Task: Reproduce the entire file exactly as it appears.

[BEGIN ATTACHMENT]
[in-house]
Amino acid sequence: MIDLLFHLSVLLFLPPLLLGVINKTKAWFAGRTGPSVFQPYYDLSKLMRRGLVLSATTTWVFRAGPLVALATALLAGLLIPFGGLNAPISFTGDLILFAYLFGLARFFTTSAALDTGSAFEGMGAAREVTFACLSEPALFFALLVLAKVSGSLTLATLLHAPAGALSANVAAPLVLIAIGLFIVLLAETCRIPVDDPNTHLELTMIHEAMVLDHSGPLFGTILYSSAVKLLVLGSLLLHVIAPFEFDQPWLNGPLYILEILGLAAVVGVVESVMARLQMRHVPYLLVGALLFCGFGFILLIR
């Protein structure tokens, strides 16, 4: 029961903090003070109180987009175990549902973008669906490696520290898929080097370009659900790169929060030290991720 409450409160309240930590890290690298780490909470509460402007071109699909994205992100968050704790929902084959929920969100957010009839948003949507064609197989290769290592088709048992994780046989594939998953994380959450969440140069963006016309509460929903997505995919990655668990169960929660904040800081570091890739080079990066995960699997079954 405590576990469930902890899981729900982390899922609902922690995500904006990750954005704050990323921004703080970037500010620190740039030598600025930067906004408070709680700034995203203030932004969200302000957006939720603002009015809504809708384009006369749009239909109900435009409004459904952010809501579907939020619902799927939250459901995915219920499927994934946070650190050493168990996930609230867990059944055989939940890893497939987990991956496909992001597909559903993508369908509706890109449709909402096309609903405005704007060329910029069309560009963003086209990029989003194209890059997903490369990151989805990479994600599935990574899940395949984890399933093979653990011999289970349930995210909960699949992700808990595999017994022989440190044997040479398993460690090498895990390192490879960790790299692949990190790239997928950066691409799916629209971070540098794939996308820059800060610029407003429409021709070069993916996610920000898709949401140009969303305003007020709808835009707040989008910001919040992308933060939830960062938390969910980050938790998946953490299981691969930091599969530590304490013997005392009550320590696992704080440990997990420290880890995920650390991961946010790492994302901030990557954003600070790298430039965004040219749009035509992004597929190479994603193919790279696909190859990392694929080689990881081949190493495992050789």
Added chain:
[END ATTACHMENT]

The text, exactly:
[in-house]
Amino acid sequence: MIDLLFHLSVLLFLPPLLLGVINKTKAWFAGRTGPSVFQPYYDLSKLMRRGLVLSATTTWVFRAGPLVALATALLAGLLIPFGGLNAPISFTGDLILFAYLFGLARFFTTSAALDTGSAFEGMGAAREVTFACLSEPALFFALLVLAKVSGSLTLATLLHAPAGALSANVAAPLVLIAIGLFIVLLAETCRIPVDDPNTHLELTMIHEAMVLDHSGPLFGTILYSSAVKLLVLGSLLLHVIAPFEFDQPWLNGPLYILEILGLAAVVGVVESVMARLQMRHVPYLLVGALLFCGFGFILLIR
């Protein structure tokens, strides 16, 4: 029961903090003070109180987009175990549902973008669906490696520290898929080097370009659900790169929060030290991720 409450409160309240930590890290690298780490909470509460402007071109699909994205992100968050704790929902084959929920969100957010009839948003949507064609197989290769290592088709048992994780046989594939998953994380959450969440140069963006016309509460929903997505995919990655668990169960929660904040800081570091890739080079990066995960699997079954 405590576990469930902890899981729900982390899922609902922690995500904006990750954005704050990323921004703080970037500010620190740039030598600025930067906004408070709680700034995203203030932004969200302000957006939720603002009015809504809708384009006369749009239909109900435009409004459904952010809501579907939020619902799927939250459901995915219920499927994934946070650190050493168990996930609230867990059944055989939940890893497939987990991956496909992001597909559903993508369908509706890109449709909402096309609903405005704007060329910029069309560009963003086209990029989003194209890059997903490369990151989805990479994600599935990574899940395949984890399933093979653990011999289970349930995210909960699949992700808990595999017994022989440190044997040479398993460690090498895990390192490879960790790299692949990190790239997928950066691409799916629209971070540098794939996308820059800060610029407003429409021709070069993916996610920000898709949401140009969303305003007020709808835009707040989008910001919040992308933060939830960062938390969910980050938790998946953490299981691969930091599969530590304490013997005392009550320590696992704080440990997990420290880890995920650390991961946010790492994302901030990557954003600070790298430039965004040219749009035509992004597929190479994603193919790279696909190859990392694929080689990881081949190493495992050789």
Added chain: